PROVIDENCE, R.I. — The surface of comet Tempel 1, hit by aNASA space probe during a spectacular July 4 experiment, bears evidenceof impact craters, suggesting that the comet has collided withasteroids or other space travelers in its journeys around the Sun.
Severaldozen circular features that appear to be impact craters, ranging from40 to 400 meters across, were spotted on Tempel 1 during the DeepImpact mission, according to first results from the mission teampublished by Science and released at the annual meeting of the Divisionof Planetary Sciences of the American Astronomical Society held at theUniversity of Cambridge.
Tempel 1 is the first comet to showevidence for impact craters. In fact, differences in the comet’stopography and shape compared with Borrelly and Wild 2 – the two othercomets studied in detail by scientists – “raises the question ofwhether any comet is typical when looked at closely,” the team writes.
“Thiscomet is a geologic wonder,” said Peter Schultz, a professor ofgeological sciences at Brown University and a co-investigator on themission team. “There are smooth surfaces, filled-in craters, ridges,cliffs. Tempel 1 also features an area marked by innumerable bumps andvalleys. This all suggests a long history of evolution.”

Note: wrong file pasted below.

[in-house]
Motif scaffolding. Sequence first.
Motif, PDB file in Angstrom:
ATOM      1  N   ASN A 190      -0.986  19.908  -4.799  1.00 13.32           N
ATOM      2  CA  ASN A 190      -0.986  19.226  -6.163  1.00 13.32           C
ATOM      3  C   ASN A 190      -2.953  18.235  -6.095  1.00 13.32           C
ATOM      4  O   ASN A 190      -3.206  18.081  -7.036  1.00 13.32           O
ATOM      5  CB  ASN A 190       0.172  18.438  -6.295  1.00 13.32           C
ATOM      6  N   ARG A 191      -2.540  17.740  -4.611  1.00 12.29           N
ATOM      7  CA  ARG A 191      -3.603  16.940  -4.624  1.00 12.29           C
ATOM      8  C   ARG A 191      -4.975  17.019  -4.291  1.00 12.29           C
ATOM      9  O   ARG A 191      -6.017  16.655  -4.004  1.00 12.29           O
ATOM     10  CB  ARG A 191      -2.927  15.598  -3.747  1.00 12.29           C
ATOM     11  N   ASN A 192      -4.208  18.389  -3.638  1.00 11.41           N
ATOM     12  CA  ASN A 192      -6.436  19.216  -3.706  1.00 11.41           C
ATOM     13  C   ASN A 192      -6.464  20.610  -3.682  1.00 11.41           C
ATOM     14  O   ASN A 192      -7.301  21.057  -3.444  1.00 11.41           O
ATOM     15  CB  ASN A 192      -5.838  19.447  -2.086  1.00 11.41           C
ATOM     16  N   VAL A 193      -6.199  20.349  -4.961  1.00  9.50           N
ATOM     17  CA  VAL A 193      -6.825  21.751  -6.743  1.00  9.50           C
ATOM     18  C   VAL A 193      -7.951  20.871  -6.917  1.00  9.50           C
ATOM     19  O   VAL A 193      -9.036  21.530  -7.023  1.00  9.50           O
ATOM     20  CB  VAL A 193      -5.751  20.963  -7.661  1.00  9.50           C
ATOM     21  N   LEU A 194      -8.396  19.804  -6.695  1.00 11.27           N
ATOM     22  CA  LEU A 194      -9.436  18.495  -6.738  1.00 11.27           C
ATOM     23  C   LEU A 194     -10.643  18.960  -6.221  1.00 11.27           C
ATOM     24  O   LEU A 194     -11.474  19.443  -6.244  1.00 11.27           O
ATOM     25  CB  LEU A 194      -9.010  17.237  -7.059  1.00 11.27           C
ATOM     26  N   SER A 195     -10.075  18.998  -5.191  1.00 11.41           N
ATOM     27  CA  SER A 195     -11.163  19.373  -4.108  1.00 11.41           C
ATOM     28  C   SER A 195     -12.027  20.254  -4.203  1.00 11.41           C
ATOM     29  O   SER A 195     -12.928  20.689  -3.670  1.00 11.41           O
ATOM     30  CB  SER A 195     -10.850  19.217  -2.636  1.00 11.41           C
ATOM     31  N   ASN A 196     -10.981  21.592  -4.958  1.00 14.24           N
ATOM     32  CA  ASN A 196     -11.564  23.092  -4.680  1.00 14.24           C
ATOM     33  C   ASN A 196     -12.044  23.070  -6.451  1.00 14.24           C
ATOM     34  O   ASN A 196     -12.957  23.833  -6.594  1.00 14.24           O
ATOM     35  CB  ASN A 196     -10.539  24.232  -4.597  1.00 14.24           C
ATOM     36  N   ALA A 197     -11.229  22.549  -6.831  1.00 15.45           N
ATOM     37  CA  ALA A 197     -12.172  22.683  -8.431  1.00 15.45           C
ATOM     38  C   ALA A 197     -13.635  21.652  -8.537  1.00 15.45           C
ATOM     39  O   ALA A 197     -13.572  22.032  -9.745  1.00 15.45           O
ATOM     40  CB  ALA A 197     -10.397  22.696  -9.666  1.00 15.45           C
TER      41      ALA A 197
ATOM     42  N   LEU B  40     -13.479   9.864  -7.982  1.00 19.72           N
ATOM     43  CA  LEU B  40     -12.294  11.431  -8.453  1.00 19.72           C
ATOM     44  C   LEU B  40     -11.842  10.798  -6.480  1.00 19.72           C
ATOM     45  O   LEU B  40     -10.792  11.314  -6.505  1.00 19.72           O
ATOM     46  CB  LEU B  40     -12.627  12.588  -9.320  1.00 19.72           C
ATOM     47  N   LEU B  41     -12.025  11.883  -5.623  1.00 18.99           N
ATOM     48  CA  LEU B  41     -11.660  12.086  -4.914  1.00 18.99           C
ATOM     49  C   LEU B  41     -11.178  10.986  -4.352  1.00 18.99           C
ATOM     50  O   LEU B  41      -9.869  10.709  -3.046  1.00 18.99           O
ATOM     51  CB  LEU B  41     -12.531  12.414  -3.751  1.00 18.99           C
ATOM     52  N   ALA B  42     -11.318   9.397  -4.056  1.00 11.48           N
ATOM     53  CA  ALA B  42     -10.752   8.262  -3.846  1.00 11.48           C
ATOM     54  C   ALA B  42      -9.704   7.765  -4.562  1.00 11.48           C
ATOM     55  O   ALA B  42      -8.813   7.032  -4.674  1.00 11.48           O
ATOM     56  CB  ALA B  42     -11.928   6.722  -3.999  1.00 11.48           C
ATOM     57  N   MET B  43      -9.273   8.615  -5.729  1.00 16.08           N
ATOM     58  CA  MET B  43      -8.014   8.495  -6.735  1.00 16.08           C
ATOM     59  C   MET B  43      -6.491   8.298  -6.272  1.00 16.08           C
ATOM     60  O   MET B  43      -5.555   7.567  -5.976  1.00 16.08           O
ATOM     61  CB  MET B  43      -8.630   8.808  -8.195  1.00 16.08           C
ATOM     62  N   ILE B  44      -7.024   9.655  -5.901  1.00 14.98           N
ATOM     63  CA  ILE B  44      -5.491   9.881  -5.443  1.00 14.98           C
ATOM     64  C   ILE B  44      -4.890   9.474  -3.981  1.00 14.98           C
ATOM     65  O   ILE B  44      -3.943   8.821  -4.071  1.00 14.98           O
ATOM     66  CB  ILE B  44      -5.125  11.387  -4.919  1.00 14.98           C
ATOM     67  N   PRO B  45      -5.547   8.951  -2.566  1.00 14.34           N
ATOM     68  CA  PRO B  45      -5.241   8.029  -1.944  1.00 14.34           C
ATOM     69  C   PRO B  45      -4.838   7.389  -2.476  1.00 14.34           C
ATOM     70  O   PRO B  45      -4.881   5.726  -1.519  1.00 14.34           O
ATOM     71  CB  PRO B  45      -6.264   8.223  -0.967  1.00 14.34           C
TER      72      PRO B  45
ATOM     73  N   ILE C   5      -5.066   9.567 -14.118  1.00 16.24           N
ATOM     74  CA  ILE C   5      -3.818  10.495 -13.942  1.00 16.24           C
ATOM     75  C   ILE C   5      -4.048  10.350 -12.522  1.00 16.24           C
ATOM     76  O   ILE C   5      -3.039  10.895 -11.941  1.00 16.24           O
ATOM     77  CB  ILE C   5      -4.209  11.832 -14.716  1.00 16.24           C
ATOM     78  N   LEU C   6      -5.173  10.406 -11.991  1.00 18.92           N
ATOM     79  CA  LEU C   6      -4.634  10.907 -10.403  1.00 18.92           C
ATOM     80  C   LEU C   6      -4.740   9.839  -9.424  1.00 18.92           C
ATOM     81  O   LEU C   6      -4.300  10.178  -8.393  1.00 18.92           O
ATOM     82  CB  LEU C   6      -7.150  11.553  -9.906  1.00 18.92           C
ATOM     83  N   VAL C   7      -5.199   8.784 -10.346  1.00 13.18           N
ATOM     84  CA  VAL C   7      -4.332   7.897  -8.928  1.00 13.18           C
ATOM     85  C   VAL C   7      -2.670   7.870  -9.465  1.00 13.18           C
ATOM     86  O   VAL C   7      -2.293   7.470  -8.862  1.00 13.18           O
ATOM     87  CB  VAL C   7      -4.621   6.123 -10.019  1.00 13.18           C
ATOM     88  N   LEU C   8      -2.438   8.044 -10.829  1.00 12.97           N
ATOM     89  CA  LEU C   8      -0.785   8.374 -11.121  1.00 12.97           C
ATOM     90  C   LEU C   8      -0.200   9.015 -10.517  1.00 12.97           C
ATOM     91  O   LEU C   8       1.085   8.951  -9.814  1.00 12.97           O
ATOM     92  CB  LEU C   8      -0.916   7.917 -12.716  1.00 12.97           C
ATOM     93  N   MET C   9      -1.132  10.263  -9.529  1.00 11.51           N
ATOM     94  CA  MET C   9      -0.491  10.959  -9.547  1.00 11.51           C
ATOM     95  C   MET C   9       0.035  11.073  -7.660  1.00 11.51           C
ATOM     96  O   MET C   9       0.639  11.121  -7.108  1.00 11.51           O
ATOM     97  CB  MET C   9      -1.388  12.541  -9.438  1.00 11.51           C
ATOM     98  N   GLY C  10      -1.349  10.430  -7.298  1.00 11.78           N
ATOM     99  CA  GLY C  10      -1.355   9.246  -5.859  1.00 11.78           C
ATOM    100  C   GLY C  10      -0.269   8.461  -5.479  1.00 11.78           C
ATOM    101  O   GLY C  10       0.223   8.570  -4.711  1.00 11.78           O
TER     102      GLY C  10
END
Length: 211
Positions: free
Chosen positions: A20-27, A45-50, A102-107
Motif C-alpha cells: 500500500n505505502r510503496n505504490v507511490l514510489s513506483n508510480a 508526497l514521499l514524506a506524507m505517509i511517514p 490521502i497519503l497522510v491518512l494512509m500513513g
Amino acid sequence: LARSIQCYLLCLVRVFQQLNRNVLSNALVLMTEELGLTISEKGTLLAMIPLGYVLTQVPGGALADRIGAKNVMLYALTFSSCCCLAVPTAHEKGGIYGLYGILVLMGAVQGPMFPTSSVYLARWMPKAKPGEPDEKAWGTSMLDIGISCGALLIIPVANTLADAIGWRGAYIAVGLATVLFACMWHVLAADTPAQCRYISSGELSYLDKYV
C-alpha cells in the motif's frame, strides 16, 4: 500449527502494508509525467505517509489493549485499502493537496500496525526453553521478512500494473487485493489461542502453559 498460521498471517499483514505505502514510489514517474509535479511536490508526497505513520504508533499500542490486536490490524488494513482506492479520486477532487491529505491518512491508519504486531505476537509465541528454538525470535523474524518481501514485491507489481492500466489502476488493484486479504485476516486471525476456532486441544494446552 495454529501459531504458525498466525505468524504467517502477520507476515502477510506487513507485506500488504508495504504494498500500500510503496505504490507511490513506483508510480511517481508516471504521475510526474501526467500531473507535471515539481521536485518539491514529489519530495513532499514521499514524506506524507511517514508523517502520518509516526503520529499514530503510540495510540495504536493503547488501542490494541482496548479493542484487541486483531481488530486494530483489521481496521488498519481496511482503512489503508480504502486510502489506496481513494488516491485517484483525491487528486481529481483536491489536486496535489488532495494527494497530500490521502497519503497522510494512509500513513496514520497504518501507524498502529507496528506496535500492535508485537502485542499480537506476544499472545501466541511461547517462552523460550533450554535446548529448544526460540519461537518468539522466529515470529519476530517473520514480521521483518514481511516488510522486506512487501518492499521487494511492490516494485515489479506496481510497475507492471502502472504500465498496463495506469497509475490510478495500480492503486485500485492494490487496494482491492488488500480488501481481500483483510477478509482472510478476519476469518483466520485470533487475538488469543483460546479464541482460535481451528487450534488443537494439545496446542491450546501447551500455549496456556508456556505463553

DeepImpact, managed by NASA’s Jet Propulsion Laboratory and the Universityof Maryland, aims to better understand how comets are built and whatthey’re made of. Some scientists believe that comets, which containwater ice and organic matter, may have carried ingredients necessaryfor life to Earth during a long-ago collision.
On Tempel 1, bothice and organic dust were initially seen in the plume that rapidly leftthe comet within the first few seconds after a copper-wrapped impactorhit. The team found that the comet’s surface consists of a powderylayer tens of meters deep.
“The most significant finding is thenature of the surface of the comet,” Schultz said. “We now know that itisn’t covered in a hard crust. It’s a fine-grained, loosely glued layerof organic powder and ice. You couldn’t make a snowball on Tempel 1.”
Twograduate students in the Department of Geological Sciences at Brown –Clara Eberhardy and Carolyn Ernst – were at the Jet PropulsionLaboratory in July to analyze data. Eberhardy assisted in spectralanalysis; Ernst examined the flash after the space probe hit. Both areco-authors on the Science paper.
Schultz said the science teamstill has years of work ahead to determine fully the structure andcomposition of the comet. For example, scientists were unable toidentify all the organic compounds that make up Tempel 1, informationthat could shed new light on formation of the solar system or how lifecame to Earth.
“Deep Impact lived up to its name and more,”Schultz said. “But there are undoubtedly more surprises to be pulledout of the treasure trove of data.”
NASA funded the work.
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